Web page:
There is an awful lot of talk about sustainability in beer and brewing, and that’s a very good thing. Not just because all industries need to find ways to reduce the impact of their operations on the environment, but because the sustainability drive creates new challenges. When breweries are challenged, the good ones get creative, and when the creative juices get flowing, you know that very often great beer is not far behind. As a result, we see an increasing range of special beers coming to market that have a sustainability story as their inspiration.
Hand Brew Co. in their typical no-nonsense style took this thinking to the next level and rather than simply develop a new one-off beer they made the brave decision to experiment with one of their popular core range recipes instead.
Brook House Hops worked alongside Production Manager Kate Hyde to support this bold brewing initiative and in this article she tells us how they got on;
What was the inspiration behind this collab?
“Initially the 795 project started with a conversation internally about how we could reduce the Carbon Footprint and air miles on our beers – certainly our core range.
We’d recently switched our house bittering hop from an imported Magnum to a local Pilgrim. We have a fair few New World dry hopped Pales in our range and there’s not much we could do about that but we wondered if it might be able to bring our Pilsner closer to home without compromising on the flavour.
That involved consulting with Brook House on hops, Crisp on malts and striking up a relationship with WHC Labs through Brook House too.
The name 795 refers to the collective mileage of all the ingredients in the 2000 ltr batch we brewed with Brook House. Apart from the yeast, everything came from mainland Britain and used road transport only. I guess we’ve drawn ourselves a line in the sand and maybe the next iteration of this beer will be 695!
Which hops were used and how did you use them?
After consulting with the Brook House team we settled on Progress and Goldings with a view to recreating the noble earthy and spicy characters of the Saaz and Hersbrucker that we might normally use.
We layered up various additions towards the end of boil and added a pop in the Whirlpool to boost both flavour and aroma and we were really pleased with the complex profile we ended up with, really bringing the best out of these varieties.
Specifically, we’ve picked up on the crispness and clean herbal notes that complimented the bready malt character, finishing with just a kiss of honey.
How did you choose your malt and yeast?
To focus on bringing down the air miles we wanted to use a British malt, but have been underwhelmed with some UK Pilsner malts in the past so we decided to stick with what we know! This product uses no proanthocyanidins (polyphenols) – and generally makes for a much milder flavour and clearer wort with sweet honey notes – pretty perfect for a Pilsner I’d say!
For yeast we went back to WHC Labs. We used one of their liquid strains in our Women’s Day Hopfenweisse and were really pleased with the results. This time we used their Einstein German Lager Yeast. We finished off by carbonating naturally using the spunding valve and were rewarded with a really rich, nourishing product with a luxurious head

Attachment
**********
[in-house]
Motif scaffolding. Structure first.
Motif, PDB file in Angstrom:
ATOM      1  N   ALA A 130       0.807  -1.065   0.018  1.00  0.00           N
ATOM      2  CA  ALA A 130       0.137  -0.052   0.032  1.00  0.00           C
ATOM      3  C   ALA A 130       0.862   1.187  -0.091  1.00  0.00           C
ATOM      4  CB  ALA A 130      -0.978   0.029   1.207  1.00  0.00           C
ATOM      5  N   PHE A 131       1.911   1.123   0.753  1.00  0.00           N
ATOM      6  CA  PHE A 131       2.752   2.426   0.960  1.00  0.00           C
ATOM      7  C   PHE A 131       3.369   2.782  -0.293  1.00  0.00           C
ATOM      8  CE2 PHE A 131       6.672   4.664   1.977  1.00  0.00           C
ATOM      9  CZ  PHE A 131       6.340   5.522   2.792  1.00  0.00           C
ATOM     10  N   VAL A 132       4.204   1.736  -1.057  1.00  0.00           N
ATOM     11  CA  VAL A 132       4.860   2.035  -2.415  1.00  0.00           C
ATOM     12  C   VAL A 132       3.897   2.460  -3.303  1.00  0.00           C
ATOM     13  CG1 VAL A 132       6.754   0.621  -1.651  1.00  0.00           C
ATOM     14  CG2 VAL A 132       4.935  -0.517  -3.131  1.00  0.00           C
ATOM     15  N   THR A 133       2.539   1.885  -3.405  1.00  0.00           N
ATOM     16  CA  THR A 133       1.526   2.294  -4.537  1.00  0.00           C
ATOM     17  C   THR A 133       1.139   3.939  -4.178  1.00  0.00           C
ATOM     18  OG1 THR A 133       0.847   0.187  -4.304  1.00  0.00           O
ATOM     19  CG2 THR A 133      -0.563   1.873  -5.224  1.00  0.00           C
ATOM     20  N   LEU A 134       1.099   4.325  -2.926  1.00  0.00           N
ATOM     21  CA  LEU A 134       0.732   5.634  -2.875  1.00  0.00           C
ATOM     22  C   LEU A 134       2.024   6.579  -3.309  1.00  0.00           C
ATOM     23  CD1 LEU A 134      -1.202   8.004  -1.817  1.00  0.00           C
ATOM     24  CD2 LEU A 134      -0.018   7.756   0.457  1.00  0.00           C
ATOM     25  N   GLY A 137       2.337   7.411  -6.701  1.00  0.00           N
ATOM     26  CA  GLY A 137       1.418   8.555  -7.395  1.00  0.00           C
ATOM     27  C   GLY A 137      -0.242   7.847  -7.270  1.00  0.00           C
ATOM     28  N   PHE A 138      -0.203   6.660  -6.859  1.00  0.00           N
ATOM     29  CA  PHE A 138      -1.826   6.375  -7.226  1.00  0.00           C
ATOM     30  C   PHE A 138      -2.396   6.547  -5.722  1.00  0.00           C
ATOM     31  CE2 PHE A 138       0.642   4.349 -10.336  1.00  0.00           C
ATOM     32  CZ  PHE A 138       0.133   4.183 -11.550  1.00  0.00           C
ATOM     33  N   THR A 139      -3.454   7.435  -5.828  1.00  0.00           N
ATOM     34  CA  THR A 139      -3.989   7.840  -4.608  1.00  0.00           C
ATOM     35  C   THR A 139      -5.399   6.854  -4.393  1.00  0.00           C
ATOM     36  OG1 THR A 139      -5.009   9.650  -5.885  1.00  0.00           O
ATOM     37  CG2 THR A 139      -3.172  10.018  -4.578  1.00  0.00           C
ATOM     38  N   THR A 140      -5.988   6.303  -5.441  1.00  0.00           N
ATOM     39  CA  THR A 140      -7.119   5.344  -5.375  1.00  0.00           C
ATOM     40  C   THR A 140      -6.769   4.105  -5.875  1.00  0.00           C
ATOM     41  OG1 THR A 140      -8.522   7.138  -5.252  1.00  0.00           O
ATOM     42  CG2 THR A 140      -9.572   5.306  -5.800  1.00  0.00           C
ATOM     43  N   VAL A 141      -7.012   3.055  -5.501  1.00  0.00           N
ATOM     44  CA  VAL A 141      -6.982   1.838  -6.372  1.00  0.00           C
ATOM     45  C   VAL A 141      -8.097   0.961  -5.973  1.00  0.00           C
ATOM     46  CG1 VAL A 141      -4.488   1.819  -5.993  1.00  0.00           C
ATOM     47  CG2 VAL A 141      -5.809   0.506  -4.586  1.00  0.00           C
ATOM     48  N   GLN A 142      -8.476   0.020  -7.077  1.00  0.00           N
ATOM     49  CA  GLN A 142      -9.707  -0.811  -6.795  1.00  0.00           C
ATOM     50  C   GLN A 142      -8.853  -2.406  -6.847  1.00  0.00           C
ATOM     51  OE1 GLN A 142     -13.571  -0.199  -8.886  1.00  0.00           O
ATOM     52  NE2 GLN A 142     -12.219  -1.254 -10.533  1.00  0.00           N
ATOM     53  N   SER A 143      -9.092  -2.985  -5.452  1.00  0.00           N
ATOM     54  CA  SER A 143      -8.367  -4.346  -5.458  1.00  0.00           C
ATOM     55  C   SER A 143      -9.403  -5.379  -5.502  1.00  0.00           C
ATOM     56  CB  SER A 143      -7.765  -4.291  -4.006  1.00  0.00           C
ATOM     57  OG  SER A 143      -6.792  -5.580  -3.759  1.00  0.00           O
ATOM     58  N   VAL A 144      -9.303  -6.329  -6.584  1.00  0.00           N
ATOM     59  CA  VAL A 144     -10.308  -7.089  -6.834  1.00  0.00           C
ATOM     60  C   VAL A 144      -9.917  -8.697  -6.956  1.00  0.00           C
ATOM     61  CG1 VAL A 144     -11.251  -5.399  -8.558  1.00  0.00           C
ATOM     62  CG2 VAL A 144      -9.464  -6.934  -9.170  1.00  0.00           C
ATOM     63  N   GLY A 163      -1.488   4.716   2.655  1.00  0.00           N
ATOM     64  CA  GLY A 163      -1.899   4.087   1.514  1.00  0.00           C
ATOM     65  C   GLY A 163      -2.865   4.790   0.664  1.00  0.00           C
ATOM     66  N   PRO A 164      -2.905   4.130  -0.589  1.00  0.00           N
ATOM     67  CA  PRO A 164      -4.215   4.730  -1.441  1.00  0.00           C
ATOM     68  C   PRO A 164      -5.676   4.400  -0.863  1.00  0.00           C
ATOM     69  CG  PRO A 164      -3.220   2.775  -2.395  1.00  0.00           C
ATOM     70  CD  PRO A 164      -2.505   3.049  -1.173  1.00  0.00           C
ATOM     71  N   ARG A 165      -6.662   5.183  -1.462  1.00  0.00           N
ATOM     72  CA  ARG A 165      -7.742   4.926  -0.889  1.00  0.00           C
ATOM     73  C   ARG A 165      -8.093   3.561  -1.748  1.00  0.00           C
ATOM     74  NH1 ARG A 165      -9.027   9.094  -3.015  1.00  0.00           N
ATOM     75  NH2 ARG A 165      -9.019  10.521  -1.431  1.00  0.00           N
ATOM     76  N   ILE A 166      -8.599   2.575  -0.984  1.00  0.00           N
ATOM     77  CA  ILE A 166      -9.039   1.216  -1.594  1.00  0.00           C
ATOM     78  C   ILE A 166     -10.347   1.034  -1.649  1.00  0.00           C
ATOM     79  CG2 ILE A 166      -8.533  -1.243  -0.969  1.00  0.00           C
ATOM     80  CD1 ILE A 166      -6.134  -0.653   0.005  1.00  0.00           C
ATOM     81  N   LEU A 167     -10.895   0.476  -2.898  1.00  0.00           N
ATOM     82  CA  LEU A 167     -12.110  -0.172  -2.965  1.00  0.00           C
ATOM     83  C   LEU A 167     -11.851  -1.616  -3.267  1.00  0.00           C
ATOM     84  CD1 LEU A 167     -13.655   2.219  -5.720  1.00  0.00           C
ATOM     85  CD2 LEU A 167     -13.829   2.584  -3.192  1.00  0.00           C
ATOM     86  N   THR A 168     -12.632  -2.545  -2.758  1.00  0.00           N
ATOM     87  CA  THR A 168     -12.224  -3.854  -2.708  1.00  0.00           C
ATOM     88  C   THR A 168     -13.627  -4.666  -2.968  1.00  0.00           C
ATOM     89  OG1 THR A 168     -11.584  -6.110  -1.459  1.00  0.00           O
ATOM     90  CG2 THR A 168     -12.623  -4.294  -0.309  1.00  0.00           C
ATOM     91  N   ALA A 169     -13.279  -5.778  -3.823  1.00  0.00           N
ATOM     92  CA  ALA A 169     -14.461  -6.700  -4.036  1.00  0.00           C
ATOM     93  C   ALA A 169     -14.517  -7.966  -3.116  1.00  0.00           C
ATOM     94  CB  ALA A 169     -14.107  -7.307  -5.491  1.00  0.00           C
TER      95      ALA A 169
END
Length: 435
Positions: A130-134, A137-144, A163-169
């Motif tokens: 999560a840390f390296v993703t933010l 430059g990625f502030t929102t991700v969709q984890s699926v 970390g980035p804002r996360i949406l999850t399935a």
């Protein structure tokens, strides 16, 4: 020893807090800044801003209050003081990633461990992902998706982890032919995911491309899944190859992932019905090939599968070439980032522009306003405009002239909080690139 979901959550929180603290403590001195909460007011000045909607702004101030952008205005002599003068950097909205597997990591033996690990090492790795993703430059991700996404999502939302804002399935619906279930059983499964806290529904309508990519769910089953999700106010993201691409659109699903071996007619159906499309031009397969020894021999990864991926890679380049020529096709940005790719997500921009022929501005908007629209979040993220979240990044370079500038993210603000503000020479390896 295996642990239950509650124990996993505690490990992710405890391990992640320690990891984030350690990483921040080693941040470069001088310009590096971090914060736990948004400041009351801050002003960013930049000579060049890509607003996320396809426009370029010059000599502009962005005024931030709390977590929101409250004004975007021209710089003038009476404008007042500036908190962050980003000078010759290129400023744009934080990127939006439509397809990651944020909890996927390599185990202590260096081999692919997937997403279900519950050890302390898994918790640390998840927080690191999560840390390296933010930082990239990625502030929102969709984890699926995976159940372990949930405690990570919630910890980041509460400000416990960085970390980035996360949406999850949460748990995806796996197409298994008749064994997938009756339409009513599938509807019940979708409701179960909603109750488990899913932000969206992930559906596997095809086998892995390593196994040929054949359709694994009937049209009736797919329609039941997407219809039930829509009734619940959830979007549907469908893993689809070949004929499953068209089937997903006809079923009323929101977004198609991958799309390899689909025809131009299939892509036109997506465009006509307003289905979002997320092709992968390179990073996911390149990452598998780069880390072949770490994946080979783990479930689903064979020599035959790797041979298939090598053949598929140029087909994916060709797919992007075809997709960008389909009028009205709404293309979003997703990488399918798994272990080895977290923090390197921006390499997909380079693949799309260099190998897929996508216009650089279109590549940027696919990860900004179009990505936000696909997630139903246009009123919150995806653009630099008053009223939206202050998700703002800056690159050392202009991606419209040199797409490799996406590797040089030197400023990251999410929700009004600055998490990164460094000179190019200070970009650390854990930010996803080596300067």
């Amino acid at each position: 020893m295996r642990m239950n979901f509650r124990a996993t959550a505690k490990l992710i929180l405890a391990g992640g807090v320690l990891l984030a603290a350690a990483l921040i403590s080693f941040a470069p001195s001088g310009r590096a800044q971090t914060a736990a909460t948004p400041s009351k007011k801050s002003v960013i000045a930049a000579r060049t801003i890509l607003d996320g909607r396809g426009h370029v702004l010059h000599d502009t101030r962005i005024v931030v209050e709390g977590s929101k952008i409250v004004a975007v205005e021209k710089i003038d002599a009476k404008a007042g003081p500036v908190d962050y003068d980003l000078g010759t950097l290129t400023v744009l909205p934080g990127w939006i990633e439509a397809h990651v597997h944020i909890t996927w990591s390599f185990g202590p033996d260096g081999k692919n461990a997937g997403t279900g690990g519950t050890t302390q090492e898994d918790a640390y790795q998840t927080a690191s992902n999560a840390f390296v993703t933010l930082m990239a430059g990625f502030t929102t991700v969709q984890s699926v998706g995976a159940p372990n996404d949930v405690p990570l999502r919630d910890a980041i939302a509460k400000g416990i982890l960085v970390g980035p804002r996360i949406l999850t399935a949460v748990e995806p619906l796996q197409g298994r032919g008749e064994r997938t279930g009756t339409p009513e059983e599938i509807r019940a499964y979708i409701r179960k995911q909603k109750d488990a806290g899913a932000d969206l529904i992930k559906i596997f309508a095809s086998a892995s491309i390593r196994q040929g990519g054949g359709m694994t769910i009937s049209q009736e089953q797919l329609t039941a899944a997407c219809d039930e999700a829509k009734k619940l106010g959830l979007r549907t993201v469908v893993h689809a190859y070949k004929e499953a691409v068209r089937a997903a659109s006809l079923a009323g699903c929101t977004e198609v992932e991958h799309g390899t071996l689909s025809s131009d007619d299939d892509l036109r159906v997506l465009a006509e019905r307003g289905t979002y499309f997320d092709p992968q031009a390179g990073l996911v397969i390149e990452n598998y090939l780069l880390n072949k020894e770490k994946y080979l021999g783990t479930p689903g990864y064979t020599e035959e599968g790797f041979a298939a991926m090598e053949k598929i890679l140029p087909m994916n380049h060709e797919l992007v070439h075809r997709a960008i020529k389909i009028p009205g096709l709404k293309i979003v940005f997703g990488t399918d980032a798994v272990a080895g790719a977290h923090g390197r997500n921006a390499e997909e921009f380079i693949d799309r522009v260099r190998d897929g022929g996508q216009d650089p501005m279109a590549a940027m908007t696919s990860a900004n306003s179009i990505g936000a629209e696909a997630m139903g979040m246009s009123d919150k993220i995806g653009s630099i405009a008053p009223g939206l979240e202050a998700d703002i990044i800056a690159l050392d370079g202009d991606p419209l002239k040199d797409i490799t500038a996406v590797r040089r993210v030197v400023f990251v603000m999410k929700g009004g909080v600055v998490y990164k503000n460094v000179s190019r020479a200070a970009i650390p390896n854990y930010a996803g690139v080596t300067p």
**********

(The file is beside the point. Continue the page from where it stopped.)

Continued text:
Should all brewers be trying to use more British hops in their beer?
I think brewers should use the best ingredients they can for the product they want to make. There will always be times when British hops are just not appropriate for the style of the beer you’re after, but we’ve been integrating them more and more into our recipes recently, with really pleasing results. What’s been nice has been shaking up our idea of what we ‘should’ be using to elicit a certain beer style or quality. I’m definitely excited to use more in the future.
Are the quality of British hops good enough for the modern craft brewer/ drinker?
Quality-wise I believe we’ve seen some really great products come in from Brook House. Are they good enough for the modern drinker? That’s very subjective, but what’s nice about the modern craft beer scene is that it’s not just Hazy IPAs, there’s a real interest in a diverse range of styles and the British hops we’ve been using have definitely held their head up in that evolved brewing and drinking landscape.
What has been the customer reaction to Sustainable Pils 795?
Really great, so much so that we are already discussing a rebrew! I think it’s a touch softer than our German Pils with a slightly more aromatic quality and the reduced bitterness has resonated with palates that have maybe become accustomed to the lower IBUs in the newer style of Pales and IPAs.
What has been your experience of Brook House Hops?
We’re really happy with our relationship with Brook House Hops. They’ve got us out of a hole or too with the odd spot order here and there and their range of home-grown varieties is really interesting. On top of that we’ve got a lot of technical advice and support in the past that we’ve put to good use.
Hand Brew Co. brewery is based in Worthing, West Sussex. Their state-of-the-art high quality, steam-heated brewery also demonstrates their focus on sustainability and energy-efficient brewing. They are deeply embedded in and passionate supporters of their local communities. Their popular on-site taproom opens on Friday and Saturday, they also own pubs in Worthing (Toad in the Hole) and nearby Brighton (Hand in Hand), where you can go to sample their magnificent beers.